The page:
“Inheritance” stars Lily Collins as the daughter of a powerful, wealthy, and controversial man named Asher (Patrick Warburton) who dies suddenly at the beginning of the film. He leaves his daughter a key that leads her to some (literally) long-buried family secrets. Her mother is played by Connie Nielsen, who spoke with RogerEbert.com about how speaking eight languages helps her to create characters, what she learned from Ridley Scott, and what she and her children have been watching at home.
We’re going to be careful to avoid spoilers here, so just generally, tell me about your character, who we first see hearing her late husband’s will, which treated the two children very differently.
My character is a very stoic kind of woman, somebody who is used to being around strong-willed men, including her husband, and I think she just decides that she’s going to handle that by herself, and take care of business the way it’s supposed to be, and change whatever wrong has been made. A simple black dress, a simple structured jacket, staying in very simple tones, very simple cuts. And I just did the hair in a very classic bob, and injected a certain steeliness, because she’s an ex-lawyer, and she has this steely reserve that she has used to overcome trauma, and to overcome, and the difficulties of living with a controlling kind of husband.
You are fluent in eight languages. How does being polylingual help you as an actress?
Well first of all, it allows me to work in many different cultures. I am Danish originally, and I’ve had this awesome experience of being able to work in Italian, in French, in English, and also to shift between many different American accents as well. I’ve done Chicago, Boston Brahmin, I’ve done Southern and Louisiana, I’ve done Florida, I’ve done all these different accents, and that has been a lot of fun. Changing languages and accents is in fact like a physical experience. It is definitely something where I allow my body to feel it. It almost feels as if the heart beats differently when you’re in character. It’s just a different rhythm.
There’s a powerful moment in the movie where you tell your daughter, “The mistakes your father made are my burden, not yours.” You evoke such a sense of shared history.
It was just so easy with Lily, because she’s such an intuitive actor. She just digs in emotionally, and accesses these reserves of emotion within her in a very direct and beautiful way. I really enjoyed working with Lily, and it wasn’t difficult for us at all, I think, to make that shift as soon as we went into the scene.
You have, as you said, worked in a lot of different countries, and with a lot of different directors. Which director has taught you the most?
I guess it would have to be Ridley Scott. It had to do with teaching me the way in which he was bringing an energy from one side of the screen to another side of the screen. I learned a lot about camera work when I was watching Ridley shoot during that whole film [“Gladiator“]. I tried to hide close by the director’s group so I could see what was happening and what they were doing, and it was just such a great learning experience. The same thing happened with Susanne Bier on “Brothers,” because again, here was an actual technical innovation of the medium, because we were using all handheld cameras, and it was very much during Dogme. Even though it wasn’t explicitly part of the Dogme experiment, we were using all of those learned lessons from Dogme in that film, and the experience and the freedom of that was just so intoxicating. I think on “Wonder Woman,” I just took the time to really work with the stunt people and the stunt director as well, to see how I could maximize selling a physical gesture in the film, without letting go of the purity of the feeling, of the emotion, in fact, many times feeling that the actual actions of the character just enhance that point of departure as well.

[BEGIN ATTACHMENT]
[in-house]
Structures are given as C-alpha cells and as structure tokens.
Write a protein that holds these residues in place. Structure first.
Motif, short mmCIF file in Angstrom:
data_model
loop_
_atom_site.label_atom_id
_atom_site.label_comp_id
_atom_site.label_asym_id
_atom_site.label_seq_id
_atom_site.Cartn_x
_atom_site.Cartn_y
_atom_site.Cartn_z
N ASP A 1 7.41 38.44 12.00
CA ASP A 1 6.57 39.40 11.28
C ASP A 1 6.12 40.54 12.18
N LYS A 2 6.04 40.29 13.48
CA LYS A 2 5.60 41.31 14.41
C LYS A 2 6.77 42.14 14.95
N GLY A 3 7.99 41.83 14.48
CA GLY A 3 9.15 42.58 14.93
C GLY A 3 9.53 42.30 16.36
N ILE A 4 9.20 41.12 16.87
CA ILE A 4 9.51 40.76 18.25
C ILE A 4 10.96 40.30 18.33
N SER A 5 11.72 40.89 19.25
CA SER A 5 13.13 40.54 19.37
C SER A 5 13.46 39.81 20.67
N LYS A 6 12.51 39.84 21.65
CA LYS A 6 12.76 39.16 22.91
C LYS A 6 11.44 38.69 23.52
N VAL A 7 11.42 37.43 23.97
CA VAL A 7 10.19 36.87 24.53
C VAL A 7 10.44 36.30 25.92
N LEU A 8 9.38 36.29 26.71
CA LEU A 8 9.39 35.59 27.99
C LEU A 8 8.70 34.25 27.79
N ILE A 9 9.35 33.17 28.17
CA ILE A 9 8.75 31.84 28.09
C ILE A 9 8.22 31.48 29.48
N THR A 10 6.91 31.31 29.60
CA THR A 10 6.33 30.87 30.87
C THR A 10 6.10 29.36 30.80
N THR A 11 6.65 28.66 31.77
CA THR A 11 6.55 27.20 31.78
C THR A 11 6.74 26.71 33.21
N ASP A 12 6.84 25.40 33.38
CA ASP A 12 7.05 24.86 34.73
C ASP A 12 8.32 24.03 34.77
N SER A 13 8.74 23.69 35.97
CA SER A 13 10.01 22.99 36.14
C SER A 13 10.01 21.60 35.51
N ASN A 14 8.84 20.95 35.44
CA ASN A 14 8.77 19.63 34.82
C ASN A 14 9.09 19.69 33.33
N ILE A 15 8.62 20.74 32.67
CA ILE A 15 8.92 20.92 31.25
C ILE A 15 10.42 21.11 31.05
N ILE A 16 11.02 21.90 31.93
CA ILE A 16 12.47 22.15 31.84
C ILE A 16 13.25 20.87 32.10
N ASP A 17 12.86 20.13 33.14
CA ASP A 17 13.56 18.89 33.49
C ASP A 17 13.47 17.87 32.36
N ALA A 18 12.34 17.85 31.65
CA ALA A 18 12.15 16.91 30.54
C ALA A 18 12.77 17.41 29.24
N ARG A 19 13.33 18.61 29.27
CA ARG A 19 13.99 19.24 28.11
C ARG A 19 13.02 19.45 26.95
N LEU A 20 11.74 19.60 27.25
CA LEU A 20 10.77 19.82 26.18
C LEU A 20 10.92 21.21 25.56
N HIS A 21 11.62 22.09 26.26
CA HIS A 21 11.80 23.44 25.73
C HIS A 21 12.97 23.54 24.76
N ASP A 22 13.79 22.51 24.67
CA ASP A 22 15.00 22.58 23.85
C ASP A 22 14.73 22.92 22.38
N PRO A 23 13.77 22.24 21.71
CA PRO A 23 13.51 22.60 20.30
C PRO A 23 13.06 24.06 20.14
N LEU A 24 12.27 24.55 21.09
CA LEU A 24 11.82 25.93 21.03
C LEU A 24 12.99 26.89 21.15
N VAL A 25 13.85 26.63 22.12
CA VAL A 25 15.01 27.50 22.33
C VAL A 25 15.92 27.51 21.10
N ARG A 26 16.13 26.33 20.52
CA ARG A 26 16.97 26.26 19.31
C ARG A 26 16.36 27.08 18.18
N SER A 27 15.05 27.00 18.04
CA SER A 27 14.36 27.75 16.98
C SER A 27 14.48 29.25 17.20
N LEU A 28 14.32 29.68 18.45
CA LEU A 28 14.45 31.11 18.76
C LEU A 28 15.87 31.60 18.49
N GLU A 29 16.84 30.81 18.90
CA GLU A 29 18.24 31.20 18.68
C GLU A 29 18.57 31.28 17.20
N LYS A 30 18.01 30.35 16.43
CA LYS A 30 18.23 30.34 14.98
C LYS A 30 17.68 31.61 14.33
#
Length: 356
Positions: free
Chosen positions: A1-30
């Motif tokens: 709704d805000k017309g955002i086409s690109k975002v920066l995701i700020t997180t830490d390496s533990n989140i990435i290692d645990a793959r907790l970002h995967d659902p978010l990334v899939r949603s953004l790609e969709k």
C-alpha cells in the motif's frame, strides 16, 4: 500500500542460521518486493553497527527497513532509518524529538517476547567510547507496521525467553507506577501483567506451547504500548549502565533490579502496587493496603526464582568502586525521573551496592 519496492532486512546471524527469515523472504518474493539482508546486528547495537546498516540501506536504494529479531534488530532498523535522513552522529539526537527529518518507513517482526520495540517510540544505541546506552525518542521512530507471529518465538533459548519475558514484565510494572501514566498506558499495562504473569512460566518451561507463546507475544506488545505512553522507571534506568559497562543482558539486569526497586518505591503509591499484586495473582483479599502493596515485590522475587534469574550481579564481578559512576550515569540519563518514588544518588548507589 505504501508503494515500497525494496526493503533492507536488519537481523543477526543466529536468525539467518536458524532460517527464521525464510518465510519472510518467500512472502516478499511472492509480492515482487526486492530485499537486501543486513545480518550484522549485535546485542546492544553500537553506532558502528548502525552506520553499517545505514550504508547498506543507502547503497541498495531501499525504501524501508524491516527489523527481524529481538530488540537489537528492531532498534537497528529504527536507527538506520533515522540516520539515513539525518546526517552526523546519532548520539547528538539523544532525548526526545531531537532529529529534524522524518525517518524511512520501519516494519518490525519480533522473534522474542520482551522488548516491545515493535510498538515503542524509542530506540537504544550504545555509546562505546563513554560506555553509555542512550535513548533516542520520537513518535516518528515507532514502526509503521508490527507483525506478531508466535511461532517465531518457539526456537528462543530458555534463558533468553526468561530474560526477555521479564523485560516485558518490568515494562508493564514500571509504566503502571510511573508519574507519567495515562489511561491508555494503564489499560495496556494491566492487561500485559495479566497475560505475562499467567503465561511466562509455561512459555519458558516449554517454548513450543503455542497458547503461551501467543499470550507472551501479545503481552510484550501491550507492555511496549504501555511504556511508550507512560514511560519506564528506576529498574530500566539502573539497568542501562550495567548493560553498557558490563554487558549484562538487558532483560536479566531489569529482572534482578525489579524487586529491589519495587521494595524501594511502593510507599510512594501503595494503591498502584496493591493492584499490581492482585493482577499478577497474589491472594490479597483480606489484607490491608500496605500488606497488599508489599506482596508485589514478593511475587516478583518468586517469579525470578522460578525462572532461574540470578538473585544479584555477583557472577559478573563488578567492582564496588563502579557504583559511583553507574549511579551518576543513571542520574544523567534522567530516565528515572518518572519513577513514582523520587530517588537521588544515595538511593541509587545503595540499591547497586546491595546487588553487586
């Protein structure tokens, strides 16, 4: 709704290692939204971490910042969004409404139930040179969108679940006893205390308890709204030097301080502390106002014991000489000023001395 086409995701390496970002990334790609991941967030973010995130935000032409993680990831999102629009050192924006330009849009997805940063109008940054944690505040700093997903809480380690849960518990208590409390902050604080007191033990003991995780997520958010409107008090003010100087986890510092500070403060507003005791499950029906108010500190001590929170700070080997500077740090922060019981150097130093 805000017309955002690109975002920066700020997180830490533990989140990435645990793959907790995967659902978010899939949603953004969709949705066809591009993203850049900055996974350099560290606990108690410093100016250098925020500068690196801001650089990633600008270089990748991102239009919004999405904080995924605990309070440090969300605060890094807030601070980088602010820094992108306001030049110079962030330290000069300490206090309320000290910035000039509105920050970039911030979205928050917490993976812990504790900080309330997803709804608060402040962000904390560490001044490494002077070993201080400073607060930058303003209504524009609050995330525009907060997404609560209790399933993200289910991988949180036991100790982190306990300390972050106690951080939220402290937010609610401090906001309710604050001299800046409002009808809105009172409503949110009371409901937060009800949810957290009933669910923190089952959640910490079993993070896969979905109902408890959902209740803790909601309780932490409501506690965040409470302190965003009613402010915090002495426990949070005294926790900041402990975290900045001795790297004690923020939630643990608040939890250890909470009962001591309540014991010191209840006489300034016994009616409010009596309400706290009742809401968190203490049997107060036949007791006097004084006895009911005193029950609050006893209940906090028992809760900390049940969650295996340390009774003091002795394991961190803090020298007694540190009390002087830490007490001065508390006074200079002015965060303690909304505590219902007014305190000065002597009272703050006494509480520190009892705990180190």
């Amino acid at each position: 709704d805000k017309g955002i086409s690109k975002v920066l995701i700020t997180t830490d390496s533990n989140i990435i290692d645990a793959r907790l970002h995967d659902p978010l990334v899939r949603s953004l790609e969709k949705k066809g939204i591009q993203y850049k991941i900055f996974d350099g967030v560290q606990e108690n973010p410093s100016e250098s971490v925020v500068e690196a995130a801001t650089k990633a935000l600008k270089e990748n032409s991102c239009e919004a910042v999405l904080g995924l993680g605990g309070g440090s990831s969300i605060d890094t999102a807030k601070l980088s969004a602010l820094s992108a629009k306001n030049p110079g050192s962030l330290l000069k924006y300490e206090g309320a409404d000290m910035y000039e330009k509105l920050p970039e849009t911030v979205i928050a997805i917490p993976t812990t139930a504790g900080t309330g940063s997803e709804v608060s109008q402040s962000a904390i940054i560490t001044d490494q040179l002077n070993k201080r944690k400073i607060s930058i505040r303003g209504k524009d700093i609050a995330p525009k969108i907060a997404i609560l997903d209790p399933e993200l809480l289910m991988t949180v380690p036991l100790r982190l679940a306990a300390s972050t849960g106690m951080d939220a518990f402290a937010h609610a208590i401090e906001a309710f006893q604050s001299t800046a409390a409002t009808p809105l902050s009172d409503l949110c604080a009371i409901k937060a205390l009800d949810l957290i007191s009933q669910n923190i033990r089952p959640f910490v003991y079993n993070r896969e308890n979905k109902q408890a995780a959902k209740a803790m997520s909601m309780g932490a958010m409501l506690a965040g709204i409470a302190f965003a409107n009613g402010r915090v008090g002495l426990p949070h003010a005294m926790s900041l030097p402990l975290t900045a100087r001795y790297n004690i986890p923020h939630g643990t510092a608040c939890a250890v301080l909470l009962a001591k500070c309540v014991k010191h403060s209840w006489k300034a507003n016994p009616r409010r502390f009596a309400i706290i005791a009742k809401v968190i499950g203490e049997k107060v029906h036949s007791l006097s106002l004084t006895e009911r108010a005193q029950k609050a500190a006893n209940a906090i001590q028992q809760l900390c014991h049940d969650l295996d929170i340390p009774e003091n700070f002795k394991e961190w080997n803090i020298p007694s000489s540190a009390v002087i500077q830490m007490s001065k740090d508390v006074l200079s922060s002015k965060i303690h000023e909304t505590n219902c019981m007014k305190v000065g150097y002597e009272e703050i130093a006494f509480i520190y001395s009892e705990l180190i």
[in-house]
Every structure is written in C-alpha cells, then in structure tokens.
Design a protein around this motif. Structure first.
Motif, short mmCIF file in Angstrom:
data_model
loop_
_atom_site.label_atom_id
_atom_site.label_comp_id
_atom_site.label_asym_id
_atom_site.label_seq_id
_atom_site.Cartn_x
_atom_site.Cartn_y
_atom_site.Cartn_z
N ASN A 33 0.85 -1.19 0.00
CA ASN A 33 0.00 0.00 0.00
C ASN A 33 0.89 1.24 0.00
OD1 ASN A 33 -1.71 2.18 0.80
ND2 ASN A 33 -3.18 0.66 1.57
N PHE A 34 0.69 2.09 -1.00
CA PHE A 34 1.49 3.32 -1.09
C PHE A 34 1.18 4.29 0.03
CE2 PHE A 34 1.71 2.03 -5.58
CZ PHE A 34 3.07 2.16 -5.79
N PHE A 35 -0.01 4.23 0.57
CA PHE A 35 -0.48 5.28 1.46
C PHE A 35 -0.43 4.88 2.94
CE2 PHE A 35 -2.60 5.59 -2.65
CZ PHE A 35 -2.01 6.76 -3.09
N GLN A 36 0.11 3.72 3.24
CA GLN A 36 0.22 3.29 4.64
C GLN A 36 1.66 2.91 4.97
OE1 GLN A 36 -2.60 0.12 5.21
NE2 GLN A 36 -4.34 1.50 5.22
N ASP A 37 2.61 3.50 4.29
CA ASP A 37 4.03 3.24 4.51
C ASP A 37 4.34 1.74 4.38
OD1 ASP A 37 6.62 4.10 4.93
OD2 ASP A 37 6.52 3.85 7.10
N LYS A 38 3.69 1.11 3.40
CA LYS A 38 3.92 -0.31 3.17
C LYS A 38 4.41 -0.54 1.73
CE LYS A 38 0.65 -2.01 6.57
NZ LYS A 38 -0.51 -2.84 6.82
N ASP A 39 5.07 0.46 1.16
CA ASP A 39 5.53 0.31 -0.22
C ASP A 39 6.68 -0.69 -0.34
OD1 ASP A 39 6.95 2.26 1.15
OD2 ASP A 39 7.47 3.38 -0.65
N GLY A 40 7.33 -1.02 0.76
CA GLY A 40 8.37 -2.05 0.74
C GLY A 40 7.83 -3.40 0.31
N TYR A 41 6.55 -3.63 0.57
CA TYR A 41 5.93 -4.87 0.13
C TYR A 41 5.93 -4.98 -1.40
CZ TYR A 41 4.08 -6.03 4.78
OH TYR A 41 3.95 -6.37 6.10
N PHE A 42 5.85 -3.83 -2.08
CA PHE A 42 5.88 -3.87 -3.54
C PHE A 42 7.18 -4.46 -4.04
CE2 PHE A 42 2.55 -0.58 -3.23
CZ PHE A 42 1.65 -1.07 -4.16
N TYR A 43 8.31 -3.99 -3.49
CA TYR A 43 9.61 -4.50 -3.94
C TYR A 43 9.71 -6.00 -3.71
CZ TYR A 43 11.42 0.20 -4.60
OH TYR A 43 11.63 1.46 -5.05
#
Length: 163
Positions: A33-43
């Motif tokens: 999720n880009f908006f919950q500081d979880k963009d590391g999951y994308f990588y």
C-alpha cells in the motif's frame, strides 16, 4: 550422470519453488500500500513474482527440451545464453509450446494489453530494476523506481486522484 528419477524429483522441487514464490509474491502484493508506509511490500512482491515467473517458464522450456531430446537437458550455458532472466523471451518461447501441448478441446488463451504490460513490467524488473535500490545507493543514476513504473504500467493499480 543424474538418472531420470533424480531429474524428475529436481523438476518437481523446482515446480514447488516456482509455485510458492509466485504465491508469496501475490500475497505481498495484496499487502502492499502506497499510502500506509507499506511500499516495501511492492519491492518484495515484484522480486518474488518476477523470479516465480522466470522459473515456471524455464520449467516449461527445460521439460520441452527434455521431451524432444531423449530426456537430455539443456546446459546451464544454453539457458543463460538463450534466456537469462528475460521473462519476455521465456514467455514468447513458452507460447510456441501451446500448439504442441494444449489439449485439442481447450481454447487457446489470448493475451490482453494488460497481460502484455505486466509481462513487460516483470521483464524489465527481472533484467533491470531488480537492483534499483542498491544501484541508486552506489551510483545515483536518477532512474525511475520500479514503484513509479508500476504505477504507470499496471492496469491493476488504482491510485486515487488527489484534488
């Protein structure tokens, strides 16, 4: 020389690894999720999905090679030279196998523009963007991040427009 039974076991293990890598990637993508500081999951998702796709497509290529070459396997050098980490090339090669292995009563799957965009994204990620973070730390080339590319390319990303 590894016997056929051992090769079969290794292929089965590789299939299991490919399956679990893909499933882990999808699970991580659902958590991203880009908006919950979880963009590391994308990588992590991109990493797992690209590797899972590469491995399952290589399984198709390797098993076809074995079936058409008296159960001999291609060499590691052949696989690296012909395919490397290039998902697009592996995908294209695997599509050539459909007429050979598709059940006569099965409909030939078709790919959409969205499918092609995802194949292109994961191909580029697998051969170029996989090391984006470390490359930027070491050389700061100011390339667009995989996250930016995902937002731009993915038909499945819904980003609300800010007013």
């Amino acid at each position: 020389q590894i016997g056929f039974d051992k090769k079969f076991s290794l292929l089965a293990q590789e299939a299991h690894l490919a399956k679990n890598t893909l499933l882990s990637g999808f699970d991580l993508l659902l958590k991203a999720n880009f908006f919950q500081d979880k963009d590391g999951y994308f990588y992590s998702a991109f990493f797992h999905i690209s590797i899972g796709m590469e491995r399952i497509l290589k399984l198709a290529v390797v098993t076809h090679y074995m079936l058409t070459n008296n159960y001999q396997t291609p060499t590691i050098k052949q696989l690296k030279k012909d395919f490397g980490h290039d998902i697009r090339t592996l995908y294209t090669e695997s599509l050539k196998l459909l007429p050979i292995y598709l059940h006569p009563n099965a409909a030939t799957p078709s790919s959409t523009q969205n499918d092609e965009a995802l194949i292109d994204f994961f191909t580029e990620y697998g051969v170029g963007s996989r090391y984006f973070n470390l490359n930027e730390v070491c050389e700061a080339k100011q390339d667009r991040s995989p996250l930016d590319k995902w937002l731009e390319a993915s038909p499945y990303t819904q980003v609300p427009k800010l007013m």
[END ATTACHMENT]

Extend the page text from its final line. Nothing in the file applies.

How has the experience of being sheltered been for you?
I have a couple of really grown kids, and having had them home has been just amazing. I also have been living between two houses with my kids, because my youngest, I share custody with his dad. Seeing how our families have collaborated and how we’ve been respectful of each house’s needs and preferences, and been able to collaborate across all this stress, and at the same time having the grown up kids home for this long period, and really getting back to that almost intimacy of childhood, even though they are now adults out in the world, has been this unexpected gift. Now they’ve all started going back to work and back to the various places, and I will cherish that memory of quarantine with them. We have revisited all of my grown up kids’ favorite movies to make a sort of informal movie history series, for my youngest son. We’ve seen all of the “Mad Max” movies, we’ve seen all of the ’90s teen movies like “Orange County.” We’ve just had a real ball going through relatively old movies, and then not-so-old movies, and then discussing afterwards: what was the point of this film? What did it do back in the day when it came out, and what did it mean? Especially “Mad Max.” Then we saw the latest one, [“Mad Max: Fury Road“], after that. It’s just such amazing filmmaking. And then you can see which films have aged well and which haven’t, and it’s just been fantastic to do that.
My heart goes out to all of the families who’ve had to struggle throughout this time, both financially and medically. I really would like us to take a moment, maybe when the worst of this is over, to just revisit the systems with which we keep each other safe, whether it’s the medical systems or the financial systems. Are we keeping everyone safe, you know, and if we’re not, what can we do to change that?
“Inheritance” is available on VOD today, 5/22.